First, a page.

One of the more entertaining ways of measuring how big an impact becoming a parent has had on my life is to tick off on my fingers the things that I have done that I had previously said I would never do as a parent. Things like using the words “because I said so,” owning a minivan, using my pinkie to pick my child’s nose, and using my pinkie to pick my child’s nose while in public. This week I got to add another item to that ever growing list.
Geralyn, as she is wont to do if I don’t keep an eye on her, signed me up for another after activity after work earlier this week. Actually, it sounded kind of fun: all the dads were to bring their kids to the preschool that we had been hearing so much about and we would carve pumpkins and eat hot dogs. Sam lead me the sidewalk to the school entrance, promising to introduce me to all the “school people” I knew only by name or the occasional nefarious deed. When we got there, she promptly began acting like she didn’t know any of these people from Adam or Eve, but we had fun carving our pumpkin nonetheless.
After the carving we moved inside to dine on some of the most godawful hot dogs I’ve ever tasted, plus cookies and stupefyingly tart lemonade measured out in six ounce dixie cup servings. It was at this point that the teachers unveiled the surprise they had for us: All the kids (like, 30 of them) were called to the front of the room where they lined up and started singing us songs! Halloween songs!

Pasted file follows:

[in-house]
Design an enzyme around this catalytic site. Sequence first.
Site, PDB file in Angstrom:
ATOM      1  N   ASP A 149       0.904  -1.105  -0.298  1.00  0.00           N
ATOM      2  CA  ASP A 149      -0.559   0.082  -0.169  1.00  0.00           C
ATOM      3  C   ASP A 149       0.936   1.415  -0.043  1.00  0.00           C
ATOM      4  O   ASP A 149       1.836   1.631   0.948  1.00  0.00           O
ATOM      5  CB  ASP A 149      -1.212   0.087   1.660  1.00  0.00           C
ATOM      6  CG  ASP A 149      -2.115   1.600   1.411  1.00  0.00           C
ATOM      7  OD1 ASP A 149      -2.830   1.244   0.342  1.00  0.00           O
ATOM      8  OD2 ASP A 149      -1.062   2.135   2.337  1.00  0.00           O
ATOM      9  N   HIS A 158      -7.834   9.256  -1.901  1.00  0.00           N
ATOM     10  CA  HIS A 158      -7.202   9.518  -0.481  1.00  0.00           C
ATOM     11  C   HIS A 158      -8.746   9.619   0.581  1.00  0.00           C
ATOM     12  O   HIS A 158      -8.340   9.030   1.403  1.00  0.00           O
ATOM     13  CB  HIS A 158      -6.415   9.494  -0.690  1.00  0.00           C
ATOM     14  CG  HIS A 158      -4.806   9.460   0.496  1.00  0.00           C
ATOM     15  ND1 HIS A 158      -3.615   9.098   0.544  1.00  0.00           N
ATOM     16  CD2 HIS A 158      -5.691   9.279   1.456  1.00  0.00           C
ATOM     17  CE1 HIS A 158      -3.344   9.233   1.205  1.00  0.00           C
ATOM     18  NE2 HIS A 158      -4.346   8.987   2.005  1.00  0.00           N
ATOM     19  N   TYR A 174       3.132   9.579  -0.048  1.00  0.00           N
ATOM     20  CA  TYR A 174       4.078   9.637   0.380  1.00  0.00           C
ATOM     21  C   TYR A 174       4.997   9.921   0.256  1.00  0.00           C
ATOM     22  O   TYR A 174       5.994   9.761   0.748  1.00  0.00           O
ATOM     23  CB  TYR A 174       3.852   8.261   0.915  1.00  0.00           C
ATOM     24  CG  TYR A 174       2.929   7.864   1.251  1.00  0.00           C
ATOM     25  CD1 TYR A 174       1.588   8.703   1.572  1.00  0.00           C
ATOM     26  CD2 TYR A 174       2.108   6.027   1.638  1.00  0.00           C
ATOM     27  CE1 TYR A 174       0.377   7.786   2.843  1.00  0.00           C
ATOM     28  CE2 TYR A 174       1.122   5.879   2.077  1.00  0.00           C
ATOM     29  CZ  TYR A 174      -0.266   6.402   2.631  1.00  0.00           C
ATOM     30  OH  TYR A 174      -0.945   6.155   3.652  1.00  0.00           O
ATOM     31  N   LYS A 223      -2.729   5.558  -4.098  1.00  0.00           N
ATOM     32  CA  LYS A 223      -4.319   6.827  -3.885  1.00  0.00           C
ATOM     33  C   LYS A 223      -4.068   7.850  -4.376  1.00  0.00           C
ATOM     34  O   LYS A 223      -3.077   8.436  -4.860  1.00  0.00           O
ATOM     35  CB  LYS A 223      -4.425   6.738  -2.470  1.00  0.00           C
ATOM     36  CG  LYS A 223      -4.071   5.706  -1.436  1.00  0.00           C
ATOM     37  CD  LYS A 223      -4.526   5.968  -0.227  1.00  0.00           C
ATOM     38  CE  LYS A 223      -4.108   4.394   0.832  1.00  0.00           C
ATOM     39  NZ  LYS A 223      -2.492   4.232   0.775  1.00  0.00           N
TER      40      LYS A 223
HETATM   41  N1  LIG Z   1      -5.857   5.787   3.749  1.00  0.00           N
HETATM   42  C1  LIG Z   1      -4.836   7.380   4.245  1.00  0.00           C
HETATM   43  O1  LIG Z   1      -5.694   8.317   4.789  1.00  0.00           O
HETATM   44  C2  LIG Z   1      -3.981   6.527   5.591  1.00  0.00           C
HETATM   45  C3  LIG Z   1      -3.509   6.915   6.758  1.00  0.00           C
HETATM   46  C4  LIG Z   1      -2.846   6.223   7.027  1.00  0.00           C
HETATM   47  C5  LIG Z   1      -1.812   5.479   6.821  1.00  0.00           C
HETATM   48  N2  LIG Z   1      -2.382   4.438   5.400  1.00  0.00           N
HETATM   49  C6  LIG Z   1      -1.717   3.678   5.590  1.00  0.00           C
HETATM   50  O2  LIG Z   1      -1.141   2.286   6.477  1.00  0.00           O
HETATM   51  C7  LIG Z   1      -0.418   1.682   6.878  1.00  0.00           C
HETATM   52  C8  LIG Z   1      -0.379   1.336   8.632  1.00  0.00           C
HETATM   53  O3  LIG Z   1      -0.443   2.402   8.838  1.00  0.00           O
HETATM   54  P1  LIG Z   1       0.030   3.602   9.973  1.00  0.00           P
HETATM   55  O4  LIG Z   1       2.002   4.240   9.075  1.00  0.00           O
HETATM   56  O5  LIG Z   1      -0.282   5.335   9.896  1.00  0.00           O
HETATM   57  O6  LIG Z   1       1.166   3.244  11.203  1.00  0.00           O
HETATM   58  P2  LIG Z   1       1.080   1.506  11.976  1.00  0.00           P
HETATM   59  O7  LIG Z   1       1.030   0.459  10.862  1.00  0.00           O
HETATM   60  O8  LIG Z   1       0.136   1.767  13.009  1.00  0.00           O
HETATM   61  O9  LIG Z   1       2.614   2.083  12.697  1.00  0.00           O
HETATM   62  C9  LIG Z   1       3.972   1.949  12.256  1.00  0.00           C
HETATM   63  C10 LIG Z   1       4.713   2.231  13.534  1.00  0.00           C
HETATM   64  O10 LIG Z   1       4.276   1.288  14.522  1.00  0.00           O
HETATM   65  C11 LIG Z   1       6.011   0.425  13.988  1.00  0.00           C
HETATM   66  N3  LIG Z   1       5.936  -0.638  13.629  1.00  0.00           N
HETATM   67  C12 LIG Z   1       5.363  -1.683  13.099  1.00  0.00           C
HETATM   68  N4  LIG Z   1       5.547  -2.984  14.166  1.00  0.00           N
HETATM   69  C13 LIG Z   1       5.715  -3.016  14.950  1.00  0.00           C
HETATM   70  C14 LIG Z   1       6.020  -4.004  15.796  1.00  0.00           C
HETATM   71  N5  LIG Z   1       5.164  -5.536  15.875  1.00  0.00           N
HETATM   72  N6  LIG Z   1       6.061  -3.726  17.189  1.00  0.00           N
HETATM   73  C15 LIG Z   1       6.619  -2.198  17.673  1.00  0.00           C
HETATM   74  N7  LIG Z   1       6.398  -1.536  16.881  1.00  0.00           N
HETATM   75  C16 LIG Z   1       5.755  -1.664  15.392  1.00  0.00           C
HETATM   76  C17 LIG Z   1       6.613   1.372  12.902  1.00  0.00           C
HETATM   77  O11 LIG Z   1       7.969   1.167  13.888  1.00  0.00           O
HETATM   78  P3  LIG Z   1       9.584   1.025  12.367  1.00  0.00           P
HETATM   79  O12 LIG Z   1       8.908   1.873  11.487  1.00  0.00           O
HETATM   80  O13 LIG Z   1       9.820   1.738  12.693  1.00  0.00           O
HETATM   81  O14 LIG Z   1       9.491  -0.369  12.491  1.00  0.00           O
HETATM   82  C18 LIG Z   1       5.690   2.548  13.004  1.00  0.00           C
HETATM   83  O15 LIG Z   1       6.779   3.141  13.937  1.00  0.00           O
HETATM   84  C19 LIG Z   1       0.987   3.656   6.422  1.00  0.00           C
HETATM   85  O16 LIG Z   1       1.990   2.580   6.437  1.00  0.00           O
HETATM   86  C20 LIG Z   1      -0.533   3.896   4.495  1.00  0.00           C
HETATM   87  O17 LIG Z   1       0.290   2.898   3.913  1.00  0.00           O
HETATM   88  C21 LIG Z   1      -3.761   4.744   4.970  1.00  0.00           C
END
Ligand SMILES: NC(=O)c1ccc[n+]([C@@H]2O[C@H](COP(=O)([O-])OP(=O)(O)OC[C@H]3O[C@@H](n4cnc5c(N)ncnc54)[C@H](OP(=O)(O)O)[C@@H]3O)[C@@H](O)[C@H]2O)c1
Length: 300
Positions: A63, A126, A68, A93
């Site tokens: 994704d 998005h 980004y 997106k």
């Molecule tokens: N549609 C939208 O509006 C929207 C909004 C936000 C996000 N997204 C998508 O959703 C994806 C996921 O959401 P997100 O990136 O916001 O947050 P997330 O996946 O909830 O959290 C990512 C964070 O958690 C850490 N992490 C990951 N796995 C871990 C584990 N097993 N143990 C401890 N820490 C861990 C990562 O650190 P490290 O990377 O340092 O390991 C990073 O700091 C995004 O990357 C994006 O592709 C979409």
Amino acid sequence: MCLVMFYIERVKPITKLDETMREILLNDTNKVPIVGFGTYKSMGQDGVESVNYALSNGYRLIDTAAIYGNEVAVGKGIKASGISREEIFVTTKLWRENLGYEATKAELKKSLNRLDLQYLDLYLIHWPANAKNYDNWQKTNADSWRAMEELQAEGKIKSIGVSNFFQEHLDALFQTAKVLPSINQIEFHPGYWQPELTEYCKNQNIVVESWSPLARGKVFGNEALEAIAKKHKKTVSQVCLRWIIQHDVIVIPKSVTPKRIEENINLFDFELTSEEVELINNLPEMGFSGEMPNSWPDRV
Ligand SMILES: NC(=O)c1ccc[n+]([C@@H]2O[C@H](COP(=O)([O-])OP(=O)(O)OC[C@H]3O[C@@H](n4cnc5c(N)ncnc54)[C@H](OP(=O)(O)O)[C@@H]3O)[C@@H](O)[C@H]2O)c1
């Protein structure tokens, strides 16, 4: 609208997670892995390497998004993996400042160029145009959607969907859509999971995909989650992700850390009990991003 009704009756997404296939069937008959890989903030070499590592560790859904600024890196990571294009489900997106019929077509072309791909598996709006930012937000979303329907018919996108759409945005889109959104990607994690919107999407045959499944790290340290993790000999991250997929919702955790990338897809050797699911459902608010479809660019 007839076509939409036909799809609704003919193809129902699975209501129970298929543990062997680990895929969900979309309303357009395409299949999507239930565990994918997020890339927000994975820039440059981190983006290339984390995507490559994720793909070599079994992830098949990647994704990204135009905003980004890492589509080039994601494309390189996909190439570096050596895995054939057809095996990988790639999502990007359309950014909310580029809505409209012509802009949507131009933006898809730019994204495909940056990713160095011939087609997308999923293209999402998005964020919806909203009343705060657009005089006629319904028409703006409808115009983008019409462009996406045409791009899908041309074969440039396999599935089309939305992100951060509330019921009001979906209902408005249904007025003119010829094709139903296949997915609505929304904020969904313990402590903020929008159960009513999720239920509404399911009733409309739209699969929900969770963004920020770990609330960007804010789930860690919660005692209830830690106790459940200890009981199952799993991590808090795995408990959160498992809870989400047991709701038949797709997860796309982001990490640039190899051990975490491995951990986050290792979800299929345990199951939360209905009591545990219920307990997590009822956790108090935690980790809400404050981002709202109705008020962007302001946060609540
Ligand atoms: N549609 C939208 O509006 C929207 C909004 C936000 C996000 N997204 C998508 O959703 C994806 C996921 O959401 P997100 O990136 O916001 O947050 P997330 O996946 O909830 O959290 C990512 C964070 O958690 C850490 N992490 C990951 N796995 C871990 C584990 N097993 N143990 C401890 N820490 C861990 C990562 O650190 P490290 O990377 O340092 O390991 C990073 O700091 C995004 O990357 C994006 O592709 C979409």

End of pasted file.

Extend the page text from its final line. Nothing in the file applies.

This is the point where I started doing something I had always thought I wouldn’t: I started gufawing and clapping like some kind of moron. By any meaningful, objective measure the performance was dreadful. Half the kids weren’t even facing the right direction, half looked bewildered and thoroughly shocked to be up there in the first place, half were screaming the lyrics at the top of their lungs more than singing them, and several of them actually wandered off to grab another cookie. One girl even started wandering up and down the line, bellowing “HAPPY HALLOWEEN” while bludgeoning the other children over the head with her magical fairy wand.
And yet I sat there, utterly delighted and snapping picture after picture. Despite the rather gauche nature of the performance there was something about seeing my Samantha up there singing to me (well, when she could remember the words) filled me with delight. So, yeah, add that one to the list.
Mandy has her own growing list, mainly consisting of little developmental milestones. She’s started crawling with her knees up under her, and is now capable of achieving alarming speeds, particularly when we leave our various stairs or displays full of antique thumbtacks exposed. She also really surprised me when I told her to “Wave to Sammy” and she complied. Suspecting a fluke, I conducted a few more trials where I told her to wave to Geralyn, me, and the cat. She did them all, correctly, each time. I’d have to check my notes to be sure, but I think this kind of language comprehension is happening sooner than it did for Sam.
And so the comparisons continue…